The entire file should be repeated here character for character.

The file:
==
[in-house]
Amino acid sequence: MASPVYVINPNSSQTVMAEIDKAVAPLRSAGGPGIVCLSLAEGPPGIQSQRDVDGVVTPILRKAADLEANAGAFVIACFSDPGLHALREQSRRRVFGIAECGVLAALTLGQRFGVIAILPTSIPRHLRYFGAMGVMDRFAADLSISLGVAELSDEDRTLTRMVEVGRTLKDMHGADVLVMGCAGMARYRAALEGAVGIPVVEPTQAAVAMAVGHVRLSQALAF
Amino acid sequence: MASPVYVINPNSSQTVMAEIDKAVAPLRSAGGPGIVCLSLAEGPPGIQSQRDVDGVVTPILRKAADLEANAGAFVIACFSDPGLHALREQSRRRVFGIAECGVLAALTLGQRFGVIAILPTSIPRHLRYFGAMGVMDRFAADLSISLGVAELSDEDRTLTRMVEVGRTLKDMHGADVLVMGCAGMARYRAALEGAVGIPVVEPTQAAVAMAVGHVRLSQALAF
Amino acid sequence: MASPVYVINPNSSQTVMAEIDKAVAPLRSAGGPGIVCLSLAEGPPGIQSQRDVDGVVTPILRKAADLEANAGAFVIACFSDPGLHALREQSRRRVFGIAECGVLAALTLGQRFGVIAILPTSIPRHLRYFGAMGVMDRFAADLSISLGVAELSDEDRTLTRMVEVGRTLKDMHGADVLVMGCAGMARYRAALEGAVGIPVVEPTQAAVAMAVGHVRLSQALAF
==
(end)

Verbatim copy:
[in-house]
Amino acid sequence: MASPVYVINPNSSQTVMAEIDKAVAPLRSAGGPGIVCLSLAEGPPGIQSQRDVDGVVTPILRKAADLEANAGAFVIACFSDPGLHALREQSRRRVFGIAECGVLAALTLGQRFGVIAILPTSIPRHLRYFGAMGVMDRFAADLSISLGVAELSDEDRTLTRMVEVGRTLKDMHGADVLVMGCAGMARYRAALEGAVGIPVVEPTQAAVAMAVGHVRLSQALAF
Amino acid sequence: MASPVYVINPNSSQTVMAEIDKAVAPLRSAGGPGIVCLSLAEGPPGIQSQRDVDGVVTPILRKAADLEANAGAFVIACFSDPGLHALREQSRRRVFGIAECGVLAALTLGQRFGVIAILPTSIPRHLRYFGAMGVMDRFAADLSISLGVAELSDEDRTLTRMVEVGRTLKDMHGADVLVMGCAGMARYRAALEGAVGIPVVEPTQAAVAMAVGHVRLSQALAF
Amino acid sequence: MASPVYVINPNSSQTVMAEIDKAVAPLRSAGGPGIVCLSLAEGPPGIQSQRDVDGVVTPILRKAADLEANAGAFVIACFSDPGLHALREQSRRRVFGIAECGVLAALTLGQRFGVIAILPTSIPRHLRYFGAMGVMDRFAADLSISLGVAELSDEDRTLTRMVEVGRTLKDMHGADVLVMGCAGMARYRAALEGAVGIPVVEPTQAAVAMAVGHVRLSQALAF